Fifthly, several activities were undertaken, by the ER to communicate the output of the research to a wider public, nine between conferences and workshops, about ten between seminar and classes, one article is currently under review in PLoS One journal. This article is already available in a repository as preprints papers. At least other three papers will be published from the work done and will be freely accessible. Many other activities were undertaken to introduce among students and general public the research work performed in the MSCA and its implications for citizens. Moreover, the ER to better integrate his activities with the daily life in Bologna, involved in these initiatives several small local enterprises and two associations that are dealing with pig products.
Lastly, during the project the ER had the chance to work in a multidisciplinary environment, working in different departments and organisations, dealing with local entrepreneurs and associations, to follow many courses about informatics, found hunting, etc. The ER had also experience in teaching in different classes, all which contributed to strength the knowledge and skills of the ER in the field of animal science.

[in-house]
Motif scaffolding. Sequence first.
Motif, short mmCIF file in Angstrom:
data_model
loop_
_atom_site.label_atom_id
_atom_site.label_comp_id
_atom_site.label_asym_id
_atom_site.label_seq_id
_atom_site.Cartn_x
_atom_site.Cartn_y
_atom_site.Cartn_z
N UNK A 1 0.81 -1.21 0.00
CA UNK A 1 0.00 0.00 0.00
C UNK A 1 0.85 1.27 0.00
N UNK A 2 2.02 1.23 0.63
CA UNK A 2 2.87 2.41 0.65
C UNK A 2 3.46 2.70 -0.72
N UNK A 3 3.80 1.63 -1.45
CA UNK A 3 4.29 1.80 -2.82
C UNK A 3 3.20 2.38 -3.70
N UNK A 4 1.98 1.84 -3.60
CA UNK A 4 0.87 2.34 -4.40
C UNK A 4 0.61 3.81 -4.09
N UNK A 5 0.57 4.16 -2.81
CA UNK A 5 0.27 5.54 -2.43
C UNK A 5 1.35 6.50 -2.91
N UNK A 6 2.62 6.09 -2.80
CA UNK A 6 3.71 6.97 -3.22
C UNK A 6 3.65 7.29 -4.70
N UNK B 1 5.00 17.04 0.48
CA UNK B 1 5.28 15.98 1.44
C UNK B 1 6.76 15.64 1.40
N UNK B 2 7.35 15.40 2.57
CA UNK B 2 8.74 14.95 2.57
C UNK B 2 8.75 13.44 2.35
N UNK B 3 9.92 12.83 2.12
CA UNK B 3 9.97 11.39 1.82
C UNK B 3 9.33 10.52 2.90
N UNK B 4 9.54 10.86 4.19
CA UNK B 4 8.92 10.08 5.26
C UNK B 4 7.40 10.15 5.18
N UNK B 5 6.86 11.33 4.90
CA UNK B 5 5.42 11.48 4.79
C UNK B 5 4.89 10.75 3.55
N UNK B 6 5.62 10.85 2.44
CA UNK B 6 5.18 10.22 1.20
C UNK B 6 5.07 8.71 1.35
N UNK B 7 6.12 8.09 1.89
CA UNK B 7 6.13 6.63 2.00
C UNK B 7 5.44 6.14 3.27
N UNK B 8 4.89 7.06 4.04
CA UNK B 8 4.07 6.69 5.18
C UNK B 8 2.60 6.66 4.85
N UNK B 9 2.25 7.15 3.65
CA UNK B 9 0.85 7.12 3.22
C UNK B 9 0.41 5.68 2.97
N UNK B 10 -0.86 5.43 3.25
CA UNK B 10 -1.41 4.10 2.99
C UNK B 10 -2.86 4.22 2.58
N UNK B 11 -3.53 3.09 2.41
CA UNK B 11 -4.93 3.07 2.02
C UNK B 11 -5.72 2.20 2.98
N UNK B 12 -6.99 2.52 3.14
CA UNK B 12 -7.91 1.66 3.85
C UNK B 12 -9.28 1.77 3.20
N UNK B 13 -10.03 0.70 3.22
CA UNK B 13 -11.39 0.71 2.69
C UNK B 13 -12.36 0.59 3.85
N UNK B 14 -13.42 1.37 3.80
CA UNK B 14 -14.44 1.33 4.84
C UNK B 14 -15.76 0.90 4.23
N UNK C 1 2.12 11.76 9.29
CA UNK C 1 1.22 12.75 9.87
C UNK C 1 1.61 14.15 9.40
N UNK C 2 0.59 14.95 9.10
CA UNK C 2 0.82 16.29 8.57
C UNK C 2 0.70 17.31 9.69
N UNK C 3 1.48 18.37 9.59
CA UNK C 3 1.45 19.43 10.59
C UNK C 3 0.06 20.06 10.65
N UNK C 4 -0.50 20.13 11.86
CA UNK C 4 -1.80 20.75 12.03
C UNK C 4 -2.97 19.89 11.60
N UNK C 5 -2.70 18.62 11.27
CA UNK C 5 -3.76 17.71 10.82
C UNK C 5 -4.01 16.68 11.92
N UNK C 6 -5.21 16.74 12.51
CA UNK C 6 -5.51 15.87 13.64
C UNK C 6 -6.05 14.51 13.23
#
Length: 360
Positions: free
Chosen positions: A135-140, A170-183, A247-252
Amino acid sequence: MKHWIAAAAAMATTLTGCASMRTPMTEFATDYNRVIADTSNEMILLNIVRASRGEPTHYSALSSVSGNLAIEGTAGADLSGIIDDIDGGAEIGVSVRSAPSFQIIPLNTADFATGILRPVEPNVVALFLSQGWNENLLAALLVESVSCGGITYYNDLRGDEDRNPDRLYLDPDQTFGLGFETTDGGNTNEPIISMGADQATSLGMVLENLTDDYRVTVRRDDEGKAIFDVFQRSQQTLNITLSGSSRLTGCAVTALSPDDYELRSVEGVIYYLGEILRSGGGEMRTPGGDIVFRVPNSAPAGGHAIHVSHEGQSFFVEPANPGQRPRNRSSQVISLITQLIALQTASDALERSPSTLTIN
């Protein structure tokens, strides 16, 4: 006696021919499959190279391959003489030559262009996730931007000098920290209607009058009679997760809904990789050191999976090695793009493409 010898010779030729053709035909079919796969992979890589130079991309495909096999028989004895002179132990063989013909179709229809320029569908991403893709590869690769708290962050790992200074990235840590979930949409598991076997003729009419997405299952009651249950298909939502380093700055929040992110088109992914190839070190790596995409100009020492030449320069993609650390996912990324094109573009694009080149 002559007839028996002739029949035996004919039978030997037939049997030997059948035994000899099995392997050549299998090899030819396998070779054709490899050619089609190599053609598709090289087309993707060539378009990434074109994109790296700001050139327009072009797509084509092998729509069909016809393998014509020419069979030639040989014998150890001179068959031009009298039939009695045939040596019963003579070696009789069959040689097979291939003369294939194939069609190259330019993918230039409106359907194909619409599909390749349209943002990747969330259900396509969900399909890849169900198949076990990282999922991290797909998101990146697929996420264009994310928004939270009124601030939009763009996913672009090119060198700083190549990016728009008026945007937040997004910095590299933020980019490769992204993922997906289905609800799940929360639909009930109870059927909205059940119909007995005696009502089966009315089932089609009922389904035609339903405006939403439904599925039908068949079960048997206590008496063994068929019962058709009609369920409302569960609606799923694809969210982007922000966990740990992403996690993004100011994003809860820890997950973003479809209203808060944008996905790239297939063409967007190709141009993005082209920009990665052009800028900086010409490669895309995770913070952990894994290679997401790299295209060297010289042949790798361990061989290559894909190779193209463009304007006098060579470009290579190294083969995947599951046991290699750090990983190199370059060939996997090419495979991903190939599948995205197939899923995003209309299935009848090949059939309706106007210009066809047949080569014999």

A sustainable livestock production sector should deal with the increasing worldwide demand of animal products by limiting the negative impacts on the environment, reducing production costs and on the same time taking care of animal health and welfare. Proteins and metabolites that were identified as differentially expressed between breeds in the project are a step forward in this direction. Indeed, thanks to the improvement of high throughput technologies to investigate molecular phenotypes only now can be produced the data needed to understand the fine biological processes underlining animal production. The work of the ER demonstrated that breed differences at proteome and metabolome level could be useful to describe breed specific metabolic characteristics. In livestock science, a better understanding of the link between phenotypes and genotypes will eventually allow researchers to develop tools that can guide animal breeding, selection and management decisions for a more sustainable animal-production sector, the data obtained over the project will contribute to this goal. Moreover, the long term benefits for the society and economy will be the reduced negative impacts of the pig production sector as more robust and more productive animals can be selected. Such a programme will also benefit the consumers in that they are consistently guaranteed a product of the required quality and are ensured value for money in purchasing decisions. The project contributed also to the strengthening of the pig as a biomedical model, which may have indirect benefit for human health.